SUMMARY: The EAT is due to consider 2 cases in relation to whether overtime payments should be taken into account when calculating holiday pay on 30 and 31 July 2014.
Employees are entitled to be paid at the rate of a week’s pay in respect of each week of annual leave to which they are entitled in relation to their statutory 5.6 weeks’ (or 28 days’) holiday entitlement (to include public holidays).
A week’s pay is either:
- The normal rate of pay, if the employee’s hours or pay for amount of work done does not vary; or
- The average remuneration over the previous 12 weeks if the employees’ hours or remuneration due to the time that they work (shift work) or the amount of work done (piece work), varies.
Where a worker does not have normal working hours (for example, they do not have to work a minimum number hours per week), their holiday pay should be calculated to include any overtime payments and commission earned in the past 12 weeks (and then averaged).
This update considers the position in calculating holiday pay in relation to the first category of employees (those with normal working hours).
There are a number of cases which deal with the issue of overtime payment and holiday pay where an employee has normal working hours. Whilst guidance is given, there is no definitive position as to whether overtime should be taken into account when calculating holiday pay.
Original indications that it is not necessary to take overtime into account
It has been thought that only overtime that is obligatory on both sides (ie the employer is obliged to provide it, and the employee is obliged to work it) constitutes part of the worker’s normal working hours. This triggers the right for it to be taken into account for the purposes of holiday pay.
A Court of Appeal case (Bamsey and ors v Albon Engineering and Manufacturing plc 2004) held that where an employee works compulsory, but not guaranteed, overtime, they are not entitled to be paid an equivalent amount during the holiday period, but just their contractual hours.
An employment contract might state whether overtime is guaranteed or not. If the contract is silent (or if the reality contradicts the contract) as to overtime being guaranteed, if employees are regularly working overtime, it could be argued that a contractual term has been implied into the contract that overtime is part of their normal hours (and therefore should be taken into account when calculating holiday pay).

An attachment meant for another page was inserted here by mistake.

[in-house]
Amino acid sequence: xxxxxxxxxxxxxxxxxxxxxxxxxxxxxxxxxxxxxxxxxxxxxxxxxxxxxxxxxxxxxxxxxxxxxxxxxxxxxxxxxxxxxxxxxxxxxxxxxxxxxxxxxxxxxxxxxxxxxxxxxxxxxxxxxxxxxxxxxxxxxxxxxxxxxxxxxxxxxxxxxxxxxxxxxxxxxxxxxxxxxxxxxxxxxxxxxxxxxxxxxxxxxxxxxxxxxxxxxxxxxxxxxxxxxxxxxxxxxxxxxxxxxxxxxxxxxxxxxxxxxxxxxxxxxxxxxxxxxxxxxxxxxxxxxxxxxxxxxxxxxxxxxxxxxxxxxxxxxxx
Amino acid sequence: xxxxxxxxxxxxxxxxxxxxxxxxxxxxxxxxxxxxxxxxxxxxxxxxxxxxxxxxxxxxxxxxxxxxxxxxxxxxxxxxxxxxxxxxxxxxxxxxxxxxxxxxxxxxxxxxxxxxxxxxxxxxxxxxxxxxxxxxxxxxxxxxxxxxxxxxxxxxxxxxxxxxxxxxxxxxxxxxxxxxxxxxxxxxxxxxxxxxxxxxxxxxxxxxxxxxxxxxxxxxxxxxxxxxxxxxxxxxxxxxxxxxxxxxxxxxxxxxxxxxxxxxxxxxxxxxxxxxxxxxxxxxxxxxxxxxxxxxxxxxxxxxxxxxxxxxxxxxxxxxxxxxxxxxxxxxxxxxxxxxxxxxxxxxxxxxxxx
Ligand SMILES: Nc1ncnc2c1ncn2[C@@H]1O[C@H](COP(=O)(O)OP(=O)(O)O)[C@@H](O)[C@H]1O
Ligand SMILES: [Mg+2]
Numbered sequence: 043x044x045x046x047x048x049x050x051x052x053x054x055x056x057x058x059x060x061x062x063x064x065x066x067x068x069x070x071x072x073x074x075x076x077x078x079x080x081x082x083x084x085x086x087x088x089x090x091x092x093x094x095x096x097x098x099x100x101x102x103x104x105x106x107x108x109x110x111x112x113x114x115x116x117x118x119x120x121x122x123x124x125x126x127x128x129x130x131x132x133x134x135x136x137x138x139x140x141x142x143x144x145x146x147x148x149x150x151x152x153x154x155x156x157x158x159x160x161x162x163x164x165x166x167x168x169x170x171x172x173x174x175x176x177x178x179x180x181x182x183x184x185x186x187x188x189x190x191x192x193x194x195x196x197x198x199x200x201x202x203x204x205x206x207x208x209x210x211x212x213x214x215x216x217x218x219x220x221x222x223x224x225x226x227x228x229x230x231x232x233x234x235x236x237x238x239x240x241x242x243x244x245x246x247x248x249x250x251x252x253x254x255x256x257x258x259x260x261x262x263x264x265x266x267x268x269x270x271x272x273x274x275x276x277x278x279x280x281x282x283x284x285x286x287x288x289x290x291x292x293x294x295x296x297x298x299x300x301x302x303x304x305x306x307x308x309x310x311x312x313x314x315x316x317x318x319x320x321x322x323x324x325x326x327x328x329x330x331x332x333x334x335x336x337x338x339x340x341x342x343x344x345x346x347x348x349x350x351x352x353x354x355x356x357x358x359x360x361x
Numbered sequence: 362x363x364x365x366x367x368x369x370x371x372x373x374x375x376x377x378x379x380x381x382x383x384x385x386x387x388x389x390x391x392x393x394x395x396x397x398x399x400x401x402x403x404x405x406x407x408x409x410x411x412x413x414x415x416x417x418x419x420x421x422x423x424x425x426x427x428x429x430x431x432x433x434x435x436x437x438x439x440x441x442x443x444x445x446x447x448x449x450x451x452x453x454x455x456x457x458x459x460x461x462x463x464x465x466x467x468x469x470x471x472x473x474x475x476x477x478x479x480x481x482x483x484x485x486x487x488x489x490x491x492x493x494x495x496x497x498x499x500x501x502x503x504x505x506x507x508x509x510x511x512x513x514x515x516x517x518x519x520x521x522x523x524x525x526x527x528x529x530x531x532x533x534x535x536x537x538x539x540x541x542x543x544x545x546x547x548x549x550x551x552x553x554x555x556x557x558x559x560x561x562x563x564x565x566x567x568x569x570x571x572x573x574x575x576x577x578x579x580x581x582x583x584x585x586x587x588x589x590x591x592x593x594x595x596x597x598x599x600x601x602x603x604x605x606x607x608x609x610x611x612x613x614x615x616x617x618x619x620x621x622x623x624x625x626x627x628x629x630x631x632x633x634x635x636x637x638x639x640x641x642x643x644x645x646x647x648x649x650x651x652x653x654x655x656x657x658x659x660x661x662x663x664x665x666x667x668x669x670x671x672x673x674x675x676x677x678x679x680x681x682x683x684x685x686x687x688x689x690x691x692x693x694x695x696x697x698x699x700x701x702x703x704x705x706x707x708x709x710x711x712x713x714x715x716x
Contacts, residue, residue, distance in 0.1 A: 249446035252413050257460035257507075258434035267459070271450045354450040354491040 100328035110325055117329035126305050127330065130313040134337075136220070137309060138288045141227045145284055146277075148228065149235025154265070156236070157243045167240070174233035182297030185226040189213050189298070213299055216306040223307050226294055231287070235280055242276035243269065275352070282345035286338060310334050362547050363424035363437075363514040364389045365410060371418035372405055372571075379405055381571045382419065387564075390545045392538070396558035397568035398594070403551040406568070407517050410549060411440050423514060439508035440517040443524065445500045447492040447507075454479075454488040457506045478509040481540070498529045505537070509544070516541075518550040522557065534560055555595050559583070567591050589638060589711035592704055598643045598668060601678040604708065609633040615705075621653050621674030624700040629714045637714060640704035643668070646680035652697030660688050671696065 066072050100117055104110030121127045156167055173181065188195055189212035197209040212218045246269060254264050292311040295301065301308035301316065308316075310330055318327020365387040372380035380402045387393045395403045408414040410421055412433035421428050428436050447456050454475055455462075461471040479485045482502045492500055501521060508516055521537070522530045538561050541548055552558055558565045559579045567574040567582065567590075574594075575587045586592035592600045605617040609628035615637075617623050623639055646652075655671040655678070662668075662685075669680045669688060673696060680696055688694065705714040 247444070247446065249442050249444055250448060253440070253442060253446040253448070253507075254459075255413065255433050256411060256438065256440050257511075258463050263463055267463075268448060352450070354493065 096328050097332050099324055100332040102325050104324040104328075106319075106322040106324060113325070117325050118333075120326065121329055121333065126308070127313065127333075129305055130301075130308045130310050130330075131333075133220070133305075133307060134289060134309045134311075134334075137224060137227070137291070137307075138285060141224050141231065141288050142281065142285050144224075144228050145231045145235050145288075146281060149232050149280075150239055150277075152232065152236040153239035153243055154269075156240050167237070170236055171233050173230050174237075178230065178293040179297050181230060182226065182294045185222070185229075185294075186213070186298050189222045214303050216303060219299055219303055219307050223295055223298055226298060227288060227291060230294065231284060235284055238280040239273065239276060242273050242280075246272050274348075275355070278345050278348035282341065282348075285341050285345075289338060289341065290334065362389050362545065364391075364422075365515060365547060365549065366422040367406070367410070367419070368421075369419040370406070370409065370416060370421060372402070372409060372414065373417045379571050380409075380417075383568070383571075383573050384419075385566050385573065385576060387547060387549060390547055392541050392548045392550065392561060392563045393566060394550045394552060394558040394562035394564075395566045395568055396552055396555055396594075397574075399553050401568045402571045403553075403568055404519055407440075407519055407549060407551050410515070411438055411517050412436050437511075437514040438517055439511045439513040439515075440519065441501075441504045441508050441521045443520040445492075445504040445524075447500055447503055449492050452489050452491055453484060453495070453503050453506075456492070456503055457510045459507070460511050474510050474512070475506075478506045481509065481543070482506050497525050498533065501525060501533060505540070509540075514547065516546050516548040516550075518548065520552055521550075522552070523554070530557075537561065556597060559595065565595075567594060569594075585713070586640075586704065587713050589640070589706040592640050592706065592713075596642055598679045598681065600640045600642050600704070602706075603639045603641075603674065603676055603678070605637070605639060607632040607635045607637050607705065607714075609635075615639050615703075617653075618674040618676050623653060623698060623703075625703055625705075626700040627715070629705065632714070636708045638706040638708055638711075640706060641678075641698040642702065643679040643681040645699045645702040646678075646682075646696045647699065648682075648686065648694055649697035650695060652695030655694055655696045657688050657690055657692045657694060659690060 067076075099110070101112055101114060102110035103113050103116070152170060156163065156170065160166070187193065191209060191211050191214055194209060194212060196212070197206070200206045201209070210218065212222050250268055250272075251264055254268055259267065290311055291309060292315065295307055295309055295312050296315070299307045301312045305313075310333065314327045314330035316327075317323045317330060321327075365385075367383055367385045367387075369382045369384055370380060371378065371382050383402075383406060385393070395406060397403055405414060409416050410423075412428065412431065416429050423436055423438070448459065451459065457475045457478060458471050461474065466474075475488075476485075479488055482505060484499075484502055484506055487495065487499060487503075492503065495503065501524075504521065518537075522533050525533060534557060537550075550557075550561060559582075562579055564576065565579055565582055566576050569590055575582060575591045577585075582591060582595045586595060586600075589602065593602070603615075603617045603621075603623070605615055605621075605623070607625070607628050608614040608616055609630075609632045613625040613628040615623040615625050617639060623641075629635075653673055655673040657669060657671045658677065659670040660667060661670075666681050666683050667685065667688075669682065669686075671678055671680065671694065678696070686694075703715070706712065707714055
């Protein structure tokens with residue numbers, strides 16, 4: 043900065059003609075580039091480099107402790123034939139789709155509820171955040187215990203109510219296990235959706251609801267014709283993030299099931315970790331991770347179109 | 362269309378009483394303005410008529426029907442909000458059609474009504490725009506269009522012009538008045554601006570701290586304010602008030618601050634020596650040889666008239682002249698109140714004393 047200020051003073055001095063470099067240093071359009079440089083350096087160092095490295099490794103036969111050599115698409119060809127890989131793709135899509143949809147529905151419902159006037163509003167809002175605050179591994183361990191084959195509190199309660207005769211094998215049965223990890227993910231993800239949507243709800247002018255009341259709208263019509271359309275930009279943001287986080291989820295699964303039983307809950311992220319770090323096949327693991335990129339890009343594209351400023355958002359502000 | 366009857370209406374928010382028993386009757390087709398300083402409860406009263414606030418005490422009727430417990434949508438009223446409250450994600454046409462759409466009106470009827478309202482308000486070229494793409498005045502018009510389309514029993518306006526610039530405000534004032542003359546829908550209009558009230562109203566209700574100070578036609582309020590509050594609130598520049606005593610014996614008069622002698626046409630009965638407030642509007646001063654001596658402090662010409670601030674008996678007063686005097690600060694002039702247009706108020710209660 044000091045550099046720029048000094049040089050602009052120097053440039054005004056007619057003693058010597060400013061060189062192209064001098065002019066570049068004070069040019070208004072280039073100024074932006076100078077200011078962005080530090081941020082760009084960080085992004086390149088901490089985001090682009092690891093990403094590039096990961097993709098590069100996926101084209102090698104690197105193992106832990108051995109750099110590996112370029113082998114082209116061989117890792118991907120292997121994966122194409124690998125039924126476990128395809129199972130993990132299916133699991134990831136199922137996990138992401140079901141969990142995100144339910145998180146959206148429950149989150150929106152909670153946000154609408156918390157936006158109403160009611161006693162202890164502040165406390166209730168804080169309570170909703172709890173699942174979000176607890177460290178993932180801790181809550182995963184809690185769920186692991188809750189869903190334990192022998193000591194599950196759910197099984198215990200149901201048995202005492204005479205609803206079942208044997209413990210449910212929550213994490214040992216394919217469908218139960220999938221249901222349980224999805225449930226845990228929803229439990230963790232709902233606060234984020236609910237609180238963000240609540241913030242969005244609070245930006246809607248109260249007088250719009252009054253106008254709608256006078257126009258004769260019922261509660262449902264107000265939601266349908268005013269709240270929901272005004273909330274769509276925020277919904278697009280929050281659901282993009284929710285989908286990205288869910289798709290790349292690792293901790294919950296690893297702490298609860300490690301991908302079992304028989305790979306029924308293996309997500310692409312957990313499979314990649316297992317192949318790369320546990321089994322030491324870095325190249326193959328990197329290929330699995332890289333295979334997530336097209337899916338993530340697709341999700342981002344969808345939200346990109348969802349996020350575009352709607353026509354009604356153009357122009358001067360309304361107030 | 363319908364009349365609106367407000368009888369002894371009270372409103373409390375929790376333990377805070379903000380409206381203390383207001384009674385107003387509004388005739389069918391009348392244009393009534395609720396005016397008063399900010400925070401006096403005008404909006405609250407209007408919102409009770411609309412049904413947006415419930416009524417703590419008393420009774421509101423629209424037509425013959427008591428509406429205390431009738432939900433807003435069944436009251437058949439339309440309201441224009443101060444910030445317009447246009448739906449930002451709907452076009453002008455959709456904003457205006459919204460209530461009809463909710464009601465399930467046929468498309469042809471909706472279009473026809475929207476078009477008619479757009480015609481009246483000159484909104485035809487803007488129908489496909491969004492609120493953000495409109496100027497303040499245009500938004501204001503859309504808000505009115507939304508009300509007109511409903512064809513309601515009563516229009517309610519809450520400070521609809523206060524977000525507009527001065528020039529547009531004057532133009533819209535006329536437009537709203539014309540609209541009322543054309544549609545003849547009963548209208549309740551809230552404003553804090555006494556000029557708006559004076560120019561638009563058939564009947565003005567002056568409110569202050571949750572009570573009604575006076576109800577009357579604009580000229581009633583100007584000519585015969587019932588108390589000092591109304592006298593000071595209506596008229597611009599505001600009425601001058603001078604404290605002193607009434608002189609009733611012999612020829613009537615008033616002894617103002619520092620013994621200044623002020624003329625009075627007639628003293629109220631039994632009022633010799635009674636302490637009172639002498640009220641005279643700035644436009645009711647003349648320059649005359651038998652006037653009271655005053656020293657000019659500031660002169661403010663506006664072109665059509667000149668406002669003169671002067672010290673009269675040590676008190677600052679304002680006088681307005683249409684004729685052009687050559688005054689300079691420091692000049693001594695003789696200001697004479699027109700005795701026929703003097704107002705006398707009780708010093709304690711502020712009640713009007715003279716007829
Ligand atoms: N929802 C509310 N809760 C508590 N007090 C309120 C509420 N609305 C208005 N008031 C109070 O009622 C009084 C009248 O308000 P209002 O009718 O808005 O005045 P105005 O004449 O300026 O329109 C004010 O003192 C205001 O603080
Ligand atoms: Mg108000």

More recent cases
It is now however doubtful whether this case (Bamsey) is compliant with EU law and an ECJ decision (British Airways plc v Williams and ors) suggests that supplementary payments should be maintained during annual leave to the extent that they are “intrinsically linked” to the performance of contractual duties. In principle, such payments might include bonuses, commission, overtime pay, performance-related pay, call-out supplements and anti-social hours allowances.
A recent Employment Tribunal decision has followed the ECJ decision on this point (Neal v Freightliner Ltd). This case suggests that overtime should be taken into account in calculating holiday pay even where it is voluntary as opposed to compulsory. It only applies to the first 4 weeks of annual leave. It should be noted that this is only an Employment Tribunal decision and not binding.
An Employment Tribunal in Scotland also came to a similar decision (Fulton and anor v Bear Scotland Ltd).
However, an employment judge took a different view in Elms v Balfour Beatty Utilities Solutions Ltd. The judge held that a worker’s holiday pay could be calculated with reference to his basic pay for his 40 “normal working hours” a week. Overtime payments, standby payments and bonus payments did not need to be taken into account.
The Neal v Freightliner Ltd case and the Scottish case are due to be heard by the Employment Appeal Tribunal (EAT) on 30 and 31 July 2014 (originally these were scheduled for 10 April 2014). However, the judgment may be delivered on a later date.
Where overtime is both compulsory and guaranteed it should be taken into account when calculating holiday pay.
However, as you can see, there is significant uncertainty as to whether overtime should be taken into account in other instances when calculating holiday pay, where an employee has normal working hours. The EAT case in July may resolve this.
In the meantime, employers who are considering whether to take overtime into account should take legal advice. On the one hand, taking overtime into account may reduce the risk of unlawful deduction from wages claims, on the other it may create an unnecessary contractual entitlement to overtime being taken into account in the future.
If employers await the EAT’s judgment, they should bear in mind that the hearing date could change again, the appeals could be withdrawn, the judgment may be delivered some time after the hearing, and the judgment may be appealed.
For more details about calculating holiday pay please contact:
+44 (0) 1604 871143
This update is for general guidance only and does not constitute definitive advice.